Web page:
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    Dave Fox is offline
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    Slant breech

    Mr. Weems: presuming Mr. Mapoles was using a military slant breech for his testing, would you be good enough to share with me his most accurate load(s)?

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    Looks like a good group!

    Steve
    Steve Sheldon
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    mgmradio is offline
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    Dave Fox, For all of Bills tests he was using full original military loads of either Goex FFG or Swiss 1 1/2 and shoots for group size , not bulls eyes. He doesn?t modify his sights.

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    Dave Fox is offline
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    slant breech

    Nor do I modify sights on collectable arms. I vastly admire a minimal group size, but I also want to ring that gong. This particular Sharps appears to have the point-blank, place where the bullet and the sight picture intersect, at about 125 yards with my sissy load. And I've sent for the back number of the magazine wherein Mr. Mapoles's article appears.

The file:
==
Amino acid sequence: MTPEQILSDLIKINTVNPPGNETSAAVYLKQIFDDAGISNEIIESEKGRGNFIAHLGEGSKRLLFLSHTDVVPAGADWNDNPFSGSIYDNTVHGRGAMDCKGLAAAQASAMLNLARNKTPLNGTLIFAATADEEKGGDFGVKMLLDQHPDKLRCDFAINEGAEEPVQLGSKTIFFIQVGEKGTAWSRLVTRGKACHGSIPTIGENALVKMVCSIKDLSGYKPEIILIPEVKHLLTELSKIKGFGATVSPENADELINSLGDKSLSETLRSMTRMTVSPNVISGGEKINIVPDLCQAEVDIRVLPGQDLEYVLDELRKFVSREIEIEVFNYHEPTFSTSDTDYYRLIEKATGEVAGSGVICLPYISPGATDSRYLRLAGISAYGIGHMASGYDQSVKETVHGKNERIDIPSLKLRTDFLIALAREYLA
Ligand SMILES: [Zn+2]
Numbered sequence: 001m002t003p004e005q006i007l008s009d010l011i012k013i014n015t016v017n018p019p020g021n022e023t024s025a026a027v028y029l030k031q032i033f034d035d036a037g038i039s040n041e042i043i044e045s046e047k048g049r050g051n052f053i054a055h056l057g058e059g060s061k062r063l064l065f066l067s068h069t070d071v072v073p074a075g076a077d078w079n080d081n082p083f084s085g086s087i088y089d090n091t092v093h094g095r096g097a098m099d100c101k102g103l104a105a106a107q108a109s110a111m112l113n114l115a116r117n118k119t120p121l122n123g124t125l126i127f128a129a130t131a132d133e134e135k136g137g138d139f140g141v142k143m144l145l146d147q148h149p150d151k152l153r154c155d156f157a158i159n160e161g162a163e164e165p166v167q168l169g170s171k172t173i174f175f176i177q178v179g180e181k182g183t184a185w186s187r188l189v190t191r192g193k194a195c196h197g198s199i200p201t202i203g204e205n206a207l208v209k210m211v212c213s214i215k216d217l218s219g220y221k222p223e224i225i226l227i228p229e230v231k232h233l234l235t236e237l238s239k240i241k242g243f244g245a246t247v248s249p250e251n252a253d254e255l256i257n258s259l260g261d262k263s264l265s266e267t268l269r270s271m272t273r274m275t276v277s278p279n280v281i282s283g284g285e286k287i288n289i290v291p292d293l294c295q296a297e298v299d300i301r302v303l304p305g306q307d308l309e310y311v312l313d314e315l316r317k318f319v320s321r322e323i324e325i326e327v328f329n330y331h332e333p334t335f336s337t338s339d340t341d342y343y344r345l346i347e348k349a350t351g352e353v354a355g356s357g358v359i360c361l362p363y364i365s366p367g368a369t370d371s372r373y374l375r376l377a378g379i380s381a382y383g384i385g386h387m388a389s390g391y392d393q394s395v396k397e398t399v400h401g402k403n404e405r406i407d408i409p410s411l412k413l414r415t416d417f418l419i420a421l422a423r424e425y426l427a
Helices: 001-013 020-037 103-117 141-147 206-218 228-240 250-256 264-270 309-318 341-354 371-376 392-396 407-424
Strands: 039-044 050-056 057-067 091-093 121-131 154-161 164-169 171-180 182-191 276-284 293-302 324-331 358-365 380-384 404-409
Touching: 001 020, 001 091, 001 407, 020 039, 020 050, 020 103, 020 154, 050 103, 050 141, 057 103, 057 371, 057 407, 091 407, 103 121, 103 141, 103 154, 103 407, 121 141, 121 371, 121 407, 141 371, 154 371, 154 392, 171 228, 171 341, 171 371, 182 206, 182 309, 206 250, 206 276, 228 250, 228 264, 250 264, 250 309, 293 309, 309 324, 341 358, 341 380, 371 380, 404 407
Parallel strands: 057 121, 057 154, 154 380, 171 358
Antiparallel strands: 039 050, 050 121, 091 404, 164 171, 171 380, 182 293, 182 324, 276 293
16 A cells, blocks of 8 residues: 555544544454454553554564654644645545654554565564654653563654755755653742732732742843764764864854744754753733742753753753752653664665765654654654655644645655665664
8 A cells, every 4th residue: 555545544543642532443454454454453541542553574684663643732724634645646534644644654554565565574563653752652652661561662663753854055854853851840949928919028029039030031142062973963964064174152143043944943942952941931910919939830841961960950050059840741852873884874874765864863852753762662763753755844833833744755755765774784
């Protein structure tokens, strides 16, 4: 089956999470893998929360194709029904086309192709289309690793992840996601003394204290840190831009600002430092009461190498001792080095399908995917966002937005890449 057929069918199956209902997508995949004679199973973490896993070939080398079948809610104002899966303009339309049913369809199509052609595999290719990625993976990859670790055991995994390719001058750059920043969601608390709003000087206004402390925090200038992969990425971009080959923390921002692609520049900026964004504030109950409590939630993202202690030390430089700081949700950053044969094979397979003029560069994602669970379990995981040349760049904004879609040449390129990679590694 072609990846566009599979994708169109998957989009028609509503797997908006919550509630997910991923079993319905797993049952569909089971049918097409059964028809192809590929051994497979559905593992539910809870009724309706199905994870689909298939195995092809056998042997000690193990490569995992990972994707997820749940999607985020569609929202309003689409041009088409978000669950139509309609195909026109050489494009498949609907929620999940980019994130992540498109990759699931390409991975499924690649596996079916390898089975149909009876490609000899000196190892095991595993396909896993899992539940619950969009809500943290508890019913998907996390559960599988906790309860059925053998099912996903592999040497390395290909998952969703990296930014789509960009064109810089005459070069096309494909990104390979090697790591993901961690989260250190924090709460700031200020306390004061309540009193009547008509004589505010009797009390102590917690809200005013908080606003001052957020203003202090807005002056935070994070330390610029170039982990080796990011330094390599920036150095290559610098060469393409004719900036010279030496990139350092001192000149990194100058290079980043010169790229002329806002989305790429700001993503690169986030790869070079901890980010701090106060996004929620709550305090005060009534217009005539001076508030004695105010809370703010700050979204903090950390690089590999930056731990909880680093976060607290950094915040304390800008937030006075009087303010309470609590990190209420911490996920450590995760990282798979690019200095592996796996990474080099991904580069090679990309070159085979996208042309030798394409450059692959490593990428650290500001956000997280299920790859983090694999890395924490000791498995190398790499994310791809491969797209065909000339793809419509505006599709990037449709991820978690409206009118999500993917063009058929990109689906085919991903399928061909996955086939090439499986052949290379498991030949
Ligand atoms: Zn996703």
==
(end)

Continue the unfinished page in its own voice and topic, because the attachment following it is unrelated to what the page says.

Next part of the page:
9. #9
    mgmradio is offline
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    Dave,
    We shoot our Civil War guns every 4th Saturday at our local range. We have targets and steel out to 500m. Your right about the sighting on most of the military arms being around 125-150 yard zero. Nothing like hitting an 11? steel at 200 yards. My Maynard is deadly on the pigs at 340 yards.

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    Dave Fox is offline
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    Arizona...

    I see you reside in Arizona. Last year, my daughter and granddaughter sitting with my wife, I finally had opportunity to spend a couple weeks coursing through the great American Southwest, first time ever. Loved San Antonio's River Walk, Roy Bean's saloon / court room, Tombstone, the lights of Las Vegas (with a de rigueur stop at the Pawn Stars' disappointing pawn shop), Grand Canyon, Albuquerque, and Santa Fe, stopping at the Glorieta Pass Battlefield. Believe I was most impressed with the desert and its Saguaro Cacti and Joshua Trees. Always thought it would be a hoot to find an old car body, pace off a half mile or so, and, with a spotter, blaze away. I've two buddies, a lapsed Marine and retired highway patrolman, who shoot all manner of original black powder iron at our 50 to 300 yard range. I either reload to shoot or shoot to reload. In my dotage, exercising antique firearms is my favorite pastime. Praise the Good Lord I'm yet able.